We developed this blog to provide golf course maintenance information to our members. From projects, small and large, to updates on course conditions, we want to provide as much information as possible. Although we hope this blog answers all of the pertinent questions regarding our operation, we always welcome more personalized dialogue. If you have questions beyond the information found on this blog, feel free to contact our golf course superintendent, Trevor Hedgepeth.



Thursday, July 17, 2014

Venting Greens

Root zone management is one of the most important objectives when growing cool season grass in the transition zone. As summer heat and humidity build-in through June, July and August, a grass plant's photosynthetic potential lessens and its need to respire increases.

Photosynthesis is the process whereby a green plant builds simple sugars using CO2, H2O and Sunlight. These simple sugars, or carbohydrates, are the building blocks for all plant parts. Aside from anchoring a plant to the ground, roots uptake moisture and nutrients. As roots die off, new roots are developed using carbohydrates. Going back to the opening paragraph, carbohydrate production (photosynthesis) lessens in the summer. Therefore, it becomes very important to protect the existing root mass.

Oxygen is very important to root-zone health. Aside from its chemical role in metabolic processes, oxygen is less dense than water so if a root zone is well aerated, it doesn't get as hot as a saturated root zone. Bent grass roots begin dying when soil temperatures eclipse 85 degrees Fahrenheit, so maintaining a well-aerated root zone is crucial. Also, as the grass canopy becomes more compacted due to rolling and mowing, gas exchange slows dramatically. Although CO2 is pivotal in carbohydrate production, an over abundance of CO2 in the root-zone can become toxic.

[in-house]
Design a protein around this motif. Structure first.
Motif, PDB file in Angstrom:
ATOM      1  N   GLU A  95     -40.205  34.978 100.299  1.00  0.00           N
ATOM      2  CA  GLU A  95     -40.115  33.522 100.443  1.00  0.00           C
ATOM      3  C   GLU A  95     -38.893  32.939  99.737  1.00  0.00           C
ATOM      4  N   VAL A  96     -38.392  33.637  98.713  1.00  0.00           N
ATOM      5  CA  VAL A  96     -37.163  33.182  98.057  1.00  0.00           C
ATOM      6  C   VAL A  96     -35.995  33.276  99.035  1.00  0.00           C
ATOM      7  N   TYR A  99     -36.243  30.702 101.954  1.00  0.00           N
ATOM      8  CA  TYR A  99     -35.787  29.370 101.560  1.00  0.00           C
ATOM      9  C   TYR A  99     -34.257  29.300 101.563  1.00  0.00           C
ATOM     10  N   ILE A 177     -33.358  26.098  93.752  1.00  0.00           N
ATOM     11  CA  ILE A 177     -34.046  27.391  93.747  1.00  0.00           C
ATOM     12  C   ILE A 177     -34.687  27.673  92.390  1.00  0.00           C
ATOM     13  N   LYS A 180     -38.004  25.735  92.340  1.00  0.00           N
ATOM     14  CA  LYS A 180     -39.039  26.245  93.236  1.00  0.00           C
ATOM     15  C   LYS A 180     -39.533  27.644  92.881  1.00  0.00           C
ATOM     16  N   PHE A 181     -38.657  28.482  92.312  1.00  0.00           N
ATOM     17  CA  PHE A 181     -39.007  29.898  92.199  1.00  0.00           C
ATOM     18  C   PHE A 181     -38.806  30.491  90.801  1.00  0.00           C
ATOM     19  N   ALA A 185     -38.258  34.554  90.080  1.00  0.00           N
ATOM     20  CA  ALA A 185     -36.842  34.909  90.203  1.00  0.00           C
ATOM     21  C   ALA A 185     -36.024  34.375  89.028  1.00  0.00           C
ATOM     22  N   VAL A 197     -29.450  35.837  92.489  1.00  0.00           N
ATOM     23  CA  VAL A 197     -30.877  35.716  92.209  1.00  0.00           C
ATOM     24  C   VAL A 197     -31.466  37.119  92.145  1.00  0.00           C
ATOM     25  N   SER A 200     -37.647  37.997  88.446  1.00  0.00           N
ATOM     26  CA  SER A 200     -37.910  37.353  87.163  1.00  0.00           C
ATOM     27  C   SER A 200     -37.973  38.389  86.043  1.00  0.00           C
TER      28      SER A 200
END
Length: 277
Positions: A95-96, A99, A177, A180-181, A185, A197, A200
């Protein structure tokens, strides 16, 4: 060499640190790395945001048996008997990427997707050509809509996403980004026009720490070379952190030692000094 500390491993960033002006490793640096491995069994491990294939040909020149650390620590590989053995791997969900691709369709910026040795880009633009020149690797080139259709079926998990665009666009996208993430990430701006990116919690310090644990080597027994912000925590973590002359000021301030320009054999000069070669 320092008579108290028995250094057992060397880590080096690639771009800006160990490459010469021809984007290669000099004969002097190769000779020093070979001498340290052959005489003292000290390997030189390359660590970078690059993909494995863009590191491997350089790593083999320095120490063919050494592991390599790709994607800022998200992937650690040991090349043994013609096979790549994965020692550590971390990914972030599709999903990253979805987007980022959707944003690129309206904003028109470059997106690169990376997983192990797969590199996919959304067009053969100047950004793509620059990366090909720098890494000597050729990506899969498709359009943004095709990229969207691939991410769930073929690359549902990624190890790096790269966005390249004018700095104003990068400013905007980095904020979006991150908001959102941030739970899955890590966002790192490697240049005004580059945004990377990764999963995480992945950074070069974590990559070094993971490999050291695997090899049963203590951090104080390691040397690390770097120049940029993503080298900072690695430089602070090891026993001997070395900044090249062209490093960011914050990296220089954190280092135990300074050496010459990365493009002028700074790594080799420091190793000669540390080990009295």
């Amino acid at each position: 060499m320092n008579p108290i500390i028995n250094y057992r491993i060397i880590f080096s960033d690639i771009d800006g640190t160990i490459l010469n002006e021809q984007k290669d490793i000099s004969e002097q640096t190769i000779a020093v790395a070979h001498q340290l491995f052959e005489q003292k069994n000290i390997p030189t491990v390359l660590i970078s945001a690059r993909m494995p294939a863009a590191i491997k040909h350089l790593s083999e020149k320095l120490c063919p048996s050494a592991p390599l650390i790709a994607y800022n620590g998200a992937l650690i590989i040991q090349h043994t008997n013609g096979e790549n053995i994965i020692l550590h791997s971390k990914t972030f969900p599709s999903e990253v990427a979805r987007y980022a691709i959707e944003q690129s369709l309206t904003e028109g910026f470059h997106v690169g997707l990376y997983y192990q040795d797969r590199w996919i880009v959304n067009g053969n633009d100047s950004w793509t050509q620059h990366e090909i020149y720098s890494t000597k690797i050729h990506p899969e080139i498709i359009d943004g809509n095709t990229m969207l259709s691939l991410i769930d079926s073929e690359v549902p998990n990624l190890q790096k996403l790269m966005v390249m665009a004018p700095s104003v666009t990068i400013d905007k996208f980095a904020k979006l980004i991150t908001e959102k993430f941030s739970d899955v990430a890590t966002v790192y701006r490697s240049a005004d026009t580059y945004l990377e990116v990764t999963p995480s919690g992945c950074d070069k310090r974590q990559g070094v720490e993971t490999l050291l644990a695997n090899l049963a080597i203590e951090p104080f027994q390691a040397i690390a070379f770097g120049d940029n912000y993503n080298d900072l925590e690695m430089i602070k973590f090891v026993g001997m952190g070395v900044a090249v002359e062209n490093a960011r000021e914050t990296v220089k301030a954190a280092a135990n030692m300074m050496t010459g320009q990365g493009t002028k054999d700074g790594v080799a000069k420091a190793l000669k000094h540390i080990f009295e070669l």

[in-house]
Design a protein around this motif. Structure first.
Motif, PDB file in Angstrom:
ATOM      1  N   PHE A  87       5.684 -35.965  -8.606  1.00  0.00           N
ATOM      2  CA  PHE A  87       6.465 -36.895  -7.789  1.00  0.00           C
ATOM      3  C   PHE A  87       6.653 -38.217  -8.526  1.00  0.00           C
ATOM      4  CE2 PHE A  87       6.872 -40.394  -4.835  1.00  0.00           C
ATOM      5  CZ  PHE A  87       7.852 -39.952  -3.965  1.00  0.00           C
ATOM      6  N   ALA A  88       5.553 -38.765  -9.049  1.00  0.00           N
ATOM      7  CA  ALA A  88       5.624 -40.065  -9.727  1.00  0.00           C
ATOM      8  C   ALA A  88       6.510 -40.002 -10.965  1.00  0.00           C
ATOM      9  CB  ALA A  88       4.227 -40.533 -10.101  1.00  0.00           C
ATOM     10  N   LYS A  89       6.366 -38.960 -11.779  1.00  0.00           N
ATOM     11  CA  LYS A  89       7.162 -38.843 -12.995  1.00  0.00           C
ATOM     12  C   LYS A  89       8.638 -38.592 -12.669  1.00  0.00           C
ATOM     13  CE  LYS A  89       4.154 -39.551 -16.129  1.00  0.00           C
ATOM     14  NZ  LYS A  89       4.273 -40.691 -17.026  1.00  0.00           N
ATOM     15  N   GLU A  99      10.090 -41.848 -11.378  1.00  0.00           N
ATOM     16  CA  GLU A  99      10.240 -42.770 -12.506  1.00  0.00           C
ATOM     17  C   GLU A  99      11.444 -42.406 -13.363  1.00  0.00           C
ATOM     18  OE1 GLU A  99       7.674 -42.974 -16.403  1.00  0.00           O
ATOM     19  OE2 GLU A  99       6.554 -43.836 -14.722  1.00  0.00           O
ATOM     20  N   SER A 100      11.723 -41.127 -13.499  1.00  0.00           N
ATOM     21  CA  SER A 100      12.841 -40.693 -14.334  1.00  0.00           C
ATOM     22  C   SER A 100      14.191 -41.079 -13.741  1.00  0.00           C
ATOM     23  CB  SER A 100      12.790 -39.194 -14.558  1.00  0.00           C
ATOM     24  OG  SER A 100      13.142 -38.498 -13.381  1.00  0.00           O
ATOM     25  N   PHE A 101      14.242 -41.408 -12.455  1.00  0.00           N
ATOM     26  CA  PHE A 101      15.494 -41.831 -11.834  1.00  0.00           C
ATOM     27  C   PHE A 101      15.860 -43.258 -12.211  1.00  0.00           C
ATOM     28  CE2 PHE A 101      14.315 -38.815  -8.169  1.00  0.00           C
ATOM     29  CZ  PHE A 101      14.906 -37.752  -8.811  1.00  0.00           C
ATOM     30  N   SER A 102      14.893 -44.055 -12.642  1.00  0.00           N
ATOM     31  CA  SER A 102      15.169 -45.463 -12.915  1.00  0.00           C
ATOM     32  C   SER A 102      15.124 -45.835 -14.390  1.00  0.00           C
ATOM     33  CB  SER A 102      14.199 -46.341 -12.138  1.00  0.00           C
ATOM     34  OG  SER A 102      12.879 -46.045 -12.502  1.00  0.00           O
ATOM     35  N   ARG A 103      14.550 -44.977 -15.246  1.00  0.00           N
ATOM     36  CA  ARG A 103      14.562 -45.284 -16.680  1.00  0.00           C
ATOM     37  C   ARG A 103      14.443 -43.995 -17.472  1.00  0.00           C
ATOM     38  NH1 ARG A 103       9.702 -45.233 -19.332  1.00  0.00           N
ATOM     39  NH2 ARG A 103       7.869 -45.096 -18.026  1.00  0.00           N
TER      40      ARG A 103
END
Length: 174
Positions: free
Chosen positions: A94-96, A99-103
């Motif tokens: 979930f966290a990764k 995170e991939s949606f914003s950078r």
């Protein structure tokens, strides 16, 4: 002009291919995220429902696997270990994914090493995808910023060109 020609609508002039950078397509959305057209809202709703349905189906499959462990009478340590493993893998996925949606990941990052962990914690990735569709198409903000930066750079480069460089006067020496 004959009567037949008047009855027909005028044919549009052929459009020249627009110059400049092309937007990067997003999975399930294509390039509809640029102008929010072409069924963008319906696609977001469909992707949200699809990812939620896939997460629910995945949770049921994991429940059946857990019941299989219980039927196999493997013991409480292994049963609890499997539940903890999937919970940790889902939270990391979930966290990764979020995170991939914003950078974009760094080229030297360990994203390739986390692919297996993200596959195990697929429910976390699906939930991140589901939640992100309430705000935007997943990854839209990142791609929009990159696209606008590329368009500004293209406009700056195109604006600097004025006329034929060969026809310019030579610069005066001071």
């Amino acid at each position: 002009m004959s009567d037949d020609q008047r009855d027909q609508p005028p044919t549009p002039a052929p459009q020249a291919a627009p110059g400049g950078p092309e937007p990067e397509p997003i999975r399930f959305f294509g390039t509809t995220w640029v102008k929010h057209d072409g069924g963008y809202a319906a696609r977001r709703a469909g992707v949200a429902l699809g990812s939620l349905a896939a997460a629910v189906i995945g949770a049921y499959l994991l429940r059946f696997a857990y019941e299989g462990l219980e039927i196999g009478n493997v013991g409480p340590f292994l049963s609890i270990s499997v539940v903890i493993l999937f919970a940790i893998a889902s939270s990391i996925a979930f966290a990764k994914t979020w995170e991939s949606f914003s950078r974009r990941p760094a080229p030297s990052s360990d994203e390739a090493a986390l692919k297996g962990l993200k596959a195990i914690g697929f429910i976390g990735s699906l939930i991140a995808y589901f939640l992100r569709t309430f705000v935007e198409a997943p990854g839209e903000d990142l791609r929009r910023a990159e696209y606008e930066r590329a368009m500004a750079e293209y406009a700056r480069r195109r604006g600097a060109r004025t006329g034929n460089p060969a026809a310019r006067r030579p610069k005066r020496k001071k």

So, we know that oxygen is important to root health because: (1) it plays a role in plant metabolism; (2) it displaces water in the macro-pore space which keeps the soil from scalding the plant and (3) it displaces built-up CO2, which can be toxic to bent grass roots. We also know that golfers expect firm, fast greens no matter the season. To mitigate the combination of Mother Nature and golfer expectations, superintendents have various ways to vent the putting surfaces. Venting can occur through spiking, tining, air injection and water injection. For our purposes, we utilize mechanical spiking and tining.

At least twice per month beginning after Memorial Day, we needle tine our greens. We either use an 8 or 5 mm tine that is driven approximately 3" down on 1.5" x 1.5" centers. This process creates small holes in the surface of the green. This process is unobtrusive to golfers while limiting compaction, encouraging gas exchange, aiding in water infiltration and allowing the soil to dry down more uniformly.  It is impossible to have healthy, sustainable grass without a great root-zone. Needle tining greens is a great tool that helps us maintain adequate rooting throughout the heat of summer.